When American chef David Kinch was a young cook in France in the 1970s and ’80s, he was heavily influenced by the rigor, discipline and classical canon of French cuisine. In 2002, that dedication culminated in the opening of Manresa, his longtime Wine Spectator Best of Award of Excellence winner in Los Gatos, Calif. In 2017, Kinch decided to do something unusual to celebrate the restaurant's 15th anniversary: He closed Manresa for a month and took his team to France to collaborate with three renowned kitchens in Paris, Provence and Marseille, and it was all caught on film by French director Rémi Anfosso. The result is A Chef's Voyage.
The idea to do a pop-up restaurant in France was Kinch's, but Relais & Châteaux, an international association of luxury hotels and restaurants that includes Manresa as well as the restaurants where he and his team collaborated in France, facilitated the production of the film.
Kinch, who already has an Emmy Award for his work on the PBS series Mind of a Chef, says he was intrigued by how food was so ingrained in French culture, and thought this connection was missing in America. "I was fascinated by that," Kinch told Unfiltered. "I wanted my young cooks to experience that, to be that immersed … what made me fall in love with cooking is something I wanted to share with them."
The pop-up tour started in Paris at Grand Award winner Le Taillevent, home to one of France's largest wine cellars. Manresa wine director Jim Rollston collaborated with Taillevent's Antoine Pétrus to select French wines for the California-style dishes and West Coast wines for the French. Among the California Cabernets Rollston selected were a magnum of Ridge Monte Bello and a bottle of Mount Eden Vineyards from 2002, Manresa's opening year. Kinch was focused on the food, but says his passion for wine started at a young age; he worked in a wine store and did two harvests at Mount Eden, in 1988 and 1994, and eventually started making his own homemade wine.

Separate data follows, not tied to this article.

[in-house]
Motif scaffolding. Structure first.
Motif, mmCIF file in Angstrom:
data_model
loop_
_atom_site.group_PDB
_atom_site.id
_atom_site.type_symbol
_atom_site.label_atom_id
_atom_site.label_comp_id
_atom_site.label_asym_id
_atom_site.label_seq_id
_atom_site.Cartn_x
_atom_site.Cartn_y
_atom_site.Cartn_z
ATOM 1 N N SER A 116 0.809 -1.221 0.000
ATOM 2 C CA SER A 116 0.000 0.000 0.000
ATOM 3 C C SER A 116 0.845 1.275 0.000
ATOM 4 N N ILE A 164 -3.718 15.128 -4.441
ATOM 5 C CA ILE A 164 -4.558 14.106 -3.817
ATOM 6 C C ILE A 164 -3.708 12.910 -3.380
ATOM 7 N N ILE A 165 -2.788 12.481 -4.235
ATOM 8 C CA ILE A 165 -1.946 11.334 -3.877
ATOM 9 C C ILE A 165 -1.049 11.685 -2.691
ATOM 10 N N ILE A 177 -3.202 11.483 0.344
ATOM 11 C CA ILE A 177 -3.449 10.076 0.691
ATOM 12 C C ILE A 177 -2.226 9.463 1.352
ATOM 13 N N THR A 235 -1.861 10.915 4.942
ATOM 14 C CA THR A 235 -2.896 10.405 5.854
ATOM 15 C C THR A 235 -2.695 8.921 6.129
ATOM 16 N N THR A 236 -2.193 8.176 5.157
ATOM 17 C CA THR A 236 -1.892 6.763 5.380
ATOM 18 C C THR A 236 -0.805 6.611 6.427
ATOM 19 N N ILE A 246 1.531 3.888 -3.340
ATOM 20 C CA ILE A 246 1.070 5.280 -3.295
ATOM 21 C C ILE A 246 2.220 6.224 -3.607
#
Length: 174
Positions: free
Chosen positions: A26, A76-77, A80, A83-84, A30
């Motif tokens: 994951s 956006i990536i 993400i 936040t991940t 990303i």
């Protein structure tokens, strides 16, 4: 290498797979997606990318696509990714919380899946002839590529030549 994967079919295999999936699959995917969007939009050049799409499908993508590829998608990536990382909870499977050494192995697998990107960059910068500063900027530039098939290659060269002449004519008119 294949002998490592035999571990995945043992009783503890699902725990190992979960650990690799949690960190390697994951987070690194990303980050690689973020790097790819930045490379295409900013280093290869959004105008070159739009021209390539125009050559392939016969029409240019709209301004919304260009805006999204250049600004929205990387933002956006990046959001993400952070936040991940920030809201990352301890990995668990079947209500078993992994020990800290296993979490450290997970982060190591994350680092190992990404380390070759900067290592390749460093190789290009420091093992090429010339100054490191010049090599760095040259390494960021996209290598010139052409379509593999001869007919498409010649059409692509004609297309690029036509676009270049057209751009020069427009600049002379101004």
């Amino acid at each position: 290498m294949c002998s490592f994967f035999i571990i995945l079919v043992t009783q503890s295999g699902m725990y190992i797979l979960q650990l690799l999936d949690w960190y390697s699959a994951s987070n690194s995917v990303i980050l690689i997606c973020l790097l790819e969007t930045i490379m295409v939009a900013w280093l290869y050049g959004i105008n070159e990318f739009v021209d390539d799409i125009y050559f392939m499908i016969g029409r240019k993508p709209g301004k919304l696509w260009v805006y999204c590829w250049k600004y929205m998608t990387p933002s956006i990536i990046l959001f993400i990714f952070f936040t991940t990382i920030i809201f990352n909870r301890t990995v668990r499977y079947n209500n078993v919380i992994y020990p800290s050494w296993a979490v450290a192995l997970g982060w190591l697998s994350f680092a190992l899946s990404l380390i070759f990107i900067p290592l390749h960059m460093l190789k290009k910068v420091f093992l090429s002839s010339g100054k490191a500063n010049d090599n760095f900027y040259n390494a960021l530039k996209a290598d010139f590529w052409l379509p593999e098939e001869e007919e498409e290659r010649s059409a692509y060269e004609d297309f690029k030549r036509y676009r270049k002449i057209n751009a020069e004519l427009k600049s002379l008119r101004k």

A Chef's Voyage next follows the Manresa team south to Best of Award of Excellence winner L'Oustau de Baumanière in Les Baux de Provence, where Kinch and Rollston tour some local vineyards before joining Baumanière chef Glenn Viel for dinner service.
The journey (and the film) concludes in Marseille, where Kinch and chef Gérald Passédat of Le Petit Nice collaborate for a Mediterranean-style meal. Le Petit Nice was celebrating an anniversary as well—100 years—so Passédat opened a 1917 Château le Puy with Kinch and the winery owners (the bottle was one of only six bottles of the wine still known to exist, the rest of which can be found in the cellar at Le Petit Nice).
"The wine was super sound," Kinch recalls. "It was very lipid, very delicate, very aromatic. There wasn't any fruit in there, but it wasn't really tired in the first 20 minutes that it was opened. It was a real joy."
The release of A Chef's Voyage has been a bright spot this year for Kinch, who has not been able to welcome guests to Manresa during the COVID-19 pandemic. He wants viewers to see how this journey gave his Manresa family great memories that will one day resemble a version of his younger days in France. "I think it's safe to say we held our own," Kinch said of his team’s time in the French kitchens. "I think it ultimately shows that American cooking has come a long way. It's like the end of a circle, where I started training … coming around full circle and being able to do that was very personally satisfying."
A Chef's Voyage is now streaming on Apple TV, Amazon Prime and iTunes.
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